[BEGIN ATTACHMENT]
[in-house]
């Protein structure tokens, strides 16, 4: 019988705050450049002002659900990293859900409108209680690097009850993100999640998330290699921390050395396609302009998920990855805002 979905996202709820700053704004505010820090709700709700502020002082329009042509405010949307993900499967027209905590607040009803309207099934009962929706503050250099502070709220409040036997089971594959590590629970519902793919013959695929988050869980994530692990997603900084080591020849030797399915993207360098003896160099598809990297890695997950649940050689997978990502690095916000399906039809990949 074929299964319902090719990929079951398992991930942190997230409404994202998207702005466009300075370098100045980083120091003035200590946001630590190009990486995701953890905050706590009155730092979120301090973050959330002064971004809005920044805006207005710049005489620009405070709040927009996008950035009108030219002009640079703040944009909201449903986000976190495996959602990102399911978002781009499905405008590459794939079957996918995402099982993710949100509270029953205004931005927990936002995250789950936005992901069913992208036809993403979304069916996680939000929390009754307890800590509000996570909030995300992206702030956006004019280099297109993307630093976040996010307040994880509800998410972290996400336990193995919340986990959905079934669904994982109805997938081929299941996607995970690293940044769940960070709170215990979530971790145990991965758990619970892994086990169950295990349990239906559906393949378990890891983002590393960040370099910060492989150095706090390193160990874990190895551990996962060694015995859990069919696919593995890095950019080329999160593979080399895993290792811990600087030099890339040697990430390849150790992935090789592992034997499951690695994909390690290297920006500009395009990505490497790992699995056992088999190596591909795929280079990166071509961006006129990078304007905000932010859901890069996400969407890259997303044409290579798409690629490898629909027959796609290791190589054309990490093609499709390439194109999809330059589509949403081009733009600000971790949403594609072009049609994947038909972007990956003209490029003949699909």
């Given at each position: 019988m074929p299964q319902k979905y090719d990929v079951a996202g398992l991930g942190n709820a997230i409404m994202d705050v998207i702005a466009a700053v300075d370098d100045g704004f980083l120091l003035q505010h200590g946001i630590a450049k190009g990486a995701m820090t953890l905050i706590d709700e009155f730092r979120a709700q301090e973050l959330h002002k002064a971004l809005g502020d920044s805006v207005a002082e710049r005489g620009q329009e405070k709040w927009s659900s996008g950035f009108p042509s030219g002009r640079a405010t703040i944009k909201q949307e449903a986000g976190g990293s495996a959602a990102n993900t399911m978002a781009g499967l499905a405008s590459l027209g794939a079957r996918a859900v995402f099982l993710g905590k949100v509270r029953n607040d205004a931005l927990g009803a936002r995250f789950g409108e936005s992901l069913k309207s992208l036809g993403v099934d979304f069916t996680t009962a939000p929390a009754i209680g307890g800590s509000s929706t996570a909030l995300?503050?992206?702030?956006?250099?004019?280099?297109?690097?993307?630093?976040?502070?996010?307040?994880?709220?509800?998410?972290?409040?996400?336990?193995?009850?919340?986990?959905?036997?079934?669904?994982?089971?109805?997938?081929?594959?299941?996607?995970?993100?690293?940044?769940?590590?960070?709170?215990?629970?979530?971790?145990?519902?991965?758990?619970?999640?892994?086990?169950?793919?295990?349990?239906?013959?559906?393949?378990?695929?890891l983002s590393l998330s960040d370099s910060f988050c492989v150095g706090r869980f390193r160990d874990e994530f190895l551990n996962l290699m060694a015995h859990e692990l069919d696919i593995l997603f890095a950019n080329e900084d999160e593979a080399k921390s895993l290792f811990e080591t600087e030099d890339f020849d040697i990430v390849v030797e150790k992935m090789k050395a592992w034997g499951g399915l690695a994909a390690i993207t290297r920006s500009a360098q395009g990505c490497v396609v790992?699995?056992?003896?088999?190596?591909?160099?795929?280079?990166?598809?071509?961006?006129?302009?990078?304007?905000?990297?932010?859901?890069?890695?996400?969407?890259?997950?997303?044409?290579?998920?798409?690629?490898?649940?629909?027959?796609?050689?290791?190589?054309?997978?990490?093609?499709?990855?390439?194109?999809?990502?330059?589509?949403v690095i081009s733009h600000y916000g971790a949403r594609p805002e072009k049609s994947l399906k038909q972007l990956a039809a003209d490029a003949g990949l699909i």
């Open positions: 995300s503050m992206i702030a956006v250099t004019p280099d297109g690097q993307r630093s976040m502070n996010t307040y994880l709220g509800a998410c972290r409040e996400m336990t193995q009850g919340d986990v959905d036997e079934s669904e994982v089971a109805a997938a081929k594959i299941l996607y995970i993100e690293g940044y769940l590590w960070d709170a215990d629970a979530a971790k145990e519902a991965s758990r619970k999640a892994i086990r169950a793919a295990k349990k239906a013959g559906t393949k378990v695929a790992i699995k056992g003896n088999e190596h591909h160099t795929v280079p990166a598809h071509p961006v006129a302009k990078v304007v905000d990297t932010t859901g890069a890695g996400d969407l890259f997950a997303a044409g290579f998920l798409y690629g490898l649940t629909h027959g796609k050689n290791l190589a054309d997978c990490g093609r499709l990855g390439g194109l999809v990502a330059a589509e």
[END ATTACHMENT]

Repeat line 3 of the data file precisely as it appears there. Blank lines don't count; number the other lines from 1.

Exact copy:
């Given at each position: 019988m074929p299964q319902k979905y090719d990929v079951a996202g398992l991930g942190n709820a997230i409404m994202d705050v998207i702005a466009a700053v300075d370098d100045g704004f980083l120091l003035q505010h200590g946001i630590a450049k190009g990486a995701m820090t953890l905050i706590d709700e009155f730092r979120a709700q301090e973050l959330h002002k002064a971004l809005g502020d920044s805006v207005a002082e710049r005489g620009q329009e405070k709040w927009s659900s996008g950035f009108p042509s030219g002009r640079a405010t703040i944009k909201q949307e449903a986000g976190g990293s495996a959602a990102n993900t399911m978002a781009g499967l499905a405008s590459l027209g794939a079957r996918a859900v995402f099982l993710g905590k949100v509270r029953n607040d205004a931005l927990g009803a936002r995250f789950g409108e936005s992901l069913k309207s992208l036809g993403v099934d979304f069916t996680t009962a939000p929390a009754i209680g307890g800590s509000s929706t996570a909030l995300?503050?992206?702030?956006?250099?004019?280099?297109?690097?993307?630093?976040?502070?996010?307040?994880?709220?509800?998410?972290?409040?996400?336990?193995?009850?919340?986990?959905?036997?079934?669904?994982?089971?109805?997938?081929?594959?299941?996607?995970?993100?690293?940044?769940?590590?960070?709170?215990?629970?979530?971790?145990?519902?991965?758990?619970?999640?892994?086990?169950?793919?295990?349990?239906?013959?559906?393949?378990?695929?890891l983002s590393l998330s960040d370099s910060f988050c492989v150095g706090r869980f390193r160990d874990e994530f190895l551990n996962l290699m060694a015995h859990e692990l069919d696919i593995l997603f890095a950019n080329e900084d999160e593979a080399k921390s895993l290792f811990e080591t600087e030099d890339f020849d040697i990430v390849v030797e150790k992935m090789k050395a592992w034997g499951g399915l690695a994909a390690i993207t290297r920006s500009a360098q395009g990505c490497v396609v790992?699995?056992?003896?088999?190596?591909?160099?795929?280079?990166?598809?071509?961006?006129?302009?990078?304007?905000?990297?932010?859901?890069?890695?996400?969407?890259?997950?997303?044409?290579?998920?798409?690629?490898?649940?629909?027959?796609?050689?290791?190589?054309?997978?990490?093609?499709?990855?390439?194109?999809?990502?330059?589509?949403v690095i081009s733009h600000y916000g971790a949403r594609p805002e072009k049609s994947l399906k038909q972007l990956a039809a003209d490029a003949g990949l699909i």